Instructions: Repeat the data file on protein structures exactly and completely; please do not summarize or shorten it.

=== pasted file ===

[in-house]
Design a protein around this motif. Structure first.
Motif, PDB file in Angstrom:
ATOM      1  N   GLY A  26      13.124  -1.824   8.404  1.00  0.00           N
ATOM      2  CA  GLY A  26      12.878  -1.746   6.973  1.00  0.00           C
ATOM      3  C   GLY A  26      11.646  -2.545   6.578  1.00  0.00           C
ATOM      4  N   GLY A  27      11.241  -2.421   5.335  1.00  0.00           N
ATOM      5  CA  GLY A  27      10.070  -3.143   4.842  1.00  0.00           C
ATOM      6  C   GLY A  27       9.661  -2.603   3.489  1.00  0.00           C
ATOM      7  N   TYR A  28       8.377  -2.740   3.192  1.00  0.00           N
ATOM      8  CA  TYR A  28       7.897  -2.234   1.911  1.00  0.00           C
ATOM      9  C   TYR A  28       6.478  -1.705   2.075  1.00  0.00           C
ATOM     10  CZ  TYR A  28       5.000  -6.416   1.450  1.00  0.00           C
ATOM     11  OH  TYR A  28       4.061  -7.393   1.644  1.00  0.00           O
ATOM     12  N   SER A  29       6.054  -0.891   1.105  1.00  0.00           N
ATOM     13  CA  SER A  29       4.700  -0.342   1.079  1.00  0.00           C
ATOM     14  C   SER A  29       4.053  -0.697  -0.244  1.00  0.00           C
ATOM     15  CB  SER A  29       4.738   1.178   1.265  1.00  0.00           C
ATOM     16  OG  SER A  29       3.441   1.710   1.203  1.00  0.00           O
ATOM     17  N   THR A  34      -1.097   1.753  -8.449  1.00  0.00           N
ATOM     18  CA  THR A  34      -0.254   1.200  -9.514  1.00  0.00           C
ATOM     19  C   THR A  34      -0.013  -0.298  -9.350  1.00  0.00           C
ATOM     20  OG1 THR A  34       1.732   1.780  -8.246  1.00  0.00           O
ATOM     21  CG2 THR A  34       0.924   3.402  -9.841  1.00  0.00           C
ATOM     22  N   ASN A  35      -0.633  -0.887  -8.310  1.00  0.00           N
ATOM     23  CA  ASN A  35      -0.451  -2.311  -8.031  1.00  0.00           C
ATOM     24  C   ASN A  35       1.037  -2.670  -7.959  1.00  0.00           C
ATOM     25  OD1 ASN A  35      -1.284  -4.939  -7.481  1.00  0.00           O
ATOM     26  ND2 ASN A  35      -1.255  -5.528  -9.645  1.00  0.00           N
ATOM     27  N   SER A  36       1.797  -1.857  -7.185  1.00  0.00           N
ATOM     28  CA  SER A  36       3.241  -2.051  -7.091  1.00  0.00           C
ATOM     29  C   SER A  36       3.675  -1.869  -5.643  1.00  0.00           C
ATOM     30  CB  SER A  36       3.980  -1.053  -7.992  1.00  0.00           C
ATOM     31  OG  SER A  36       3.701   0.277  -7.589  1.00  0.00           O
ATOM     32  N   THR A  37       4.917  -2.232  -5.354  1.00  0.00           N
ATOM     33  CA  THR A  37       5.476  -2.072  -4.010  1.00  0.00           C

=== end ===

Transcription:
[in-house]
Design a protein around this motif. Structure first.
Motif, PDB file in Angstrom:
ATOM      1  N   GLY A  26      13.124  -1.824   8.404  1.00  0.00           N
ATOM      2  CA  GLY A  26      12.878  -1.746   6.973  1.00  0.00           C
ATOM      3  C   GLY A  26      11.646  -2.545   6.578  1.00  0.00           C
ATOM      4  N   GLY A  27      11.241  -2.421   5.335  1.00  0.00           N
ATOM      5  CA  GLY A  27      10.070  -3.143   4.842  1.00  0.00           C
ATOM      6  C   GLY A  27       9.661  -2.603   3.489  1.00  0.00           C
ATOM      7  N   TYR A  28       8.377  -2.740   3.192  1.00  0.00           N
ATOM      8  CA  TYR A  28       7.897  -2.234   1.911  1.00  0.00           C
ATOM      9  C   TYR A  28       6.478  -1.705   2.075  1.00  0.00           C
ATOM     10  CZ  TYR A  28       5.000  -6.416   1.450  1.00  0.00           C
ATOM     11  OH  TYR A  28       4.061  -7.393   1.644  1.00  0.00           O
ATOM     12  N   SER A  29       6.054  -0.891   1.105  1.00  0.00           N
ATOM     13  CA  SER A  29       4.700  -0.342   1.079  1.00  0.00           C
ATOM     14  C   SER A  29       4.053  -0.697  -0.244  1.00  0.00           C
ATOM     15  CB  SER A  29       4.738   1.178   1.265  1.00  0.00           C
ATOM     16  OG  SER A  29       3.441   1.710   1.203  1.00  0.00           O
ATOM     17  N   THR A  34      -1.097   1.753  -8.449  1.00  0.00           N
ATOM     18  CA  THR A  34      -0.254   1.200  -9.514  1.00  0.00           C
ATOM     19  C   THR A  34      -0.013  -0.298  -9.350  1.00  0.00           C
ATOM     20  OG1 THR A  34       1.732   1.780  -8.246  1.00  0.00           O
ATOM     21  CG2 THR A  34       0.924   3.402  -9.841  1.00  0.00           C
ATOM     22  N   ASN A  35      -0.633  -0.887  -8.310  1.00  0.00           N
ATOM     23  CA  ASN A  35      -0.451  -2.311  -8.031  1.00  0.00           C
ATOM     24  C   ASN A  35       1.037  -2.670  -7.959  1.00  0.00           C
ATOM     25  OD1 ASN A  35      -1.284  -4.939  -7.481  1.00  0.00           O
ATOM     26  ND2 ASN A  35      -1.255  -5.528  -9.645  1.00  0.00           N
ATOM     27  N   SER A  36       1.797  -1.857  -7.185  1.00  0.00           N
ATOM     28  CA  SER A  36       3.241  -2.051  -7.091  1.00  0.00           C
ATOM     29  C   SER A  36       3.675  -1.869  -5.643  1.00  0.00           C
ATOM     30  CB  SER A  36       3.980  -1.053  -7.992  1.00  0.00           C
ATOM     31  OG  SER A  36       3.701   0.277  -7.589  1.00  0.00           O
ATOM     32  N   THR A  37       4.917  -2.232  -5.354  1.00  0.00           N
ATOM     33  CA  THR A  37       5.476  -2.072  -4.010  1.00  0.00           C